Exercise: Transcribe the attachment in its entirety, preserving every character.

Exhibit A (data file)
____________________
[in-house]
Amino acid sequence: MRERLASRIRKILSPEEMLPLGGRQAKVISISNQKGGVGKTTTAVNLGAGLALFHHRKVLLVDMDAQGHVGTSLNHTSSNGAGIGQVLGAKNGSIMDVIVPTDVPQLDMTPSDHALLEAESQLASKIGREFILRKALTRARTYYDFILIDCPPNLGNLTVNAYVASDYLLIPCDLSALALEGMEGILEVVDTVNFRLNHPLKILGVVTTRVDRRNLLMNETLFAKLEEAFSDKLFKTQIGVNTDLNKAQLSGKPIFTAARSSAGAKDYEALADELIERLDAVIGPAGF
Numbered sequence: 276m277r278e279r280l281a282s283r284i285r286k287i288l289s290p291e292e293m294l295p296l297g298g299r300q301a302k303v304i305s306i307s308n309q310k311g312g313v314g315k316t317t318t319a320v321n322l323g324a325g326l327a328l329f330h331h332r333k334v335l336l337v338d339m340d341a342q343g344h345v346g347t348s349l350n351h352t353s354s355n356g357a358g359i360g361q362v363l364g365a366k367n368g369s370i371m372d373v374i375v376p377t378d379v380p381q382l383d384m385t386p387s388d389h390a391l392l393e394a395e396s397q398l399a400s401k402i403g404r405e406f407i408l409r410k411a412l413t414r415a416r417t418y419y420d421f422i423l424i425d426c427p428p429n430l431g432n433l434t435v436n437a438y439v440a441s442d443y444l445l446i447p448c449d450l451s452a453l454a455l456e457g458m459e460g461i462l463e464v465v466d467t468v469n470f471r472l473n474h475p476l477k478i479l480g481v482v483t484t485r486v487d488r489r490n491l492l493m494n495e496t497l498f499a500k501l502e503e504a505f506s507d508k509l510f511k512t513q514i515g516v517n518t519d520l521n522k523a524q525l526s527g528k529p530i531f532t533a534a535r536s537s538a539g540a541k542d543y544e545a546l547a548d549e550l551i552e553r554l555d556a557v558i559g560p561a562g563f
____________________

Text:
[in-house]
Amino acid sequence: MRERLASRIRKILSPEEMLPLGGRQAKVISISNQKGGVGKTTTAVNLGAGLALFHHRKVLLVDMDAQGHVGTSLNHTSSNGAGIGQVLGAKNGSIMDVIVPTDVPQLDMTPSDHALLEAESQLASKIGREFILRKALTRARTYYDFILIDCPPNLGNLTVNAYVASDYLLIPCDLSALALEGMEGILEVVDTVNFRLNHPLKILGVVTTRVDRRNLLMNETLFAKLEEAFSDKLFKTQIGVNTDLNKAQLSGKPIFTAARSSAGAKDYEALADELIERLDAVIGPAGF
Numbered sequence: 276m277r278e279r280l281a282s283r284i285r286k287i288l289s290p291e292e293m294l295p296l297g298g299r300q301a302k303v304i305s306i307s308n309q310k311g312g313v314g315k316t317t318t319a320v321n322l323g324a325g326l327a328l329f330h331h332r333k334v335l336l337v338d339m340d341a342q343g344h345v346g347t348s349l350n351h352t353s354s355n356g357a358g359i360g361q362v363l364g365a366k367n368g369s370i371m372d373v374i375v376p377t378d379v380p381q382l383d384m385t386p387s388d389h390a391l392l393e394a395e396s397q398l399a400s401k402i403g404r405e406f407i408l409r410k411a412l413t414r415a416r417t418y419y420d421f422i423l424i425d426c427p428p429n430l431g432n433l434t435v436n437a438y439v440a441s442d443y444l445l446i447p448c449d450l451s452a453l454a455l456e457g458m459e460g461i462l463e464v465v466d467t468v469n470f471r472l473n474h475p476l477k478i479l480g481v482v483t484t485r486v487d488r489r490n491l492l493m494n495e496t497l498f499a500k501l502e503e504a505f506s507d508k509l510f511k512t513q514i515g516v517n518t519d520l521n522k523a524q525l526s527g528k529p530i531f532t533a534a535r536s537s538a539g540a541k542d543y544e545a546l547a548d549e550l551i552e553r554l555d556a557v558i559g560p561a562g563f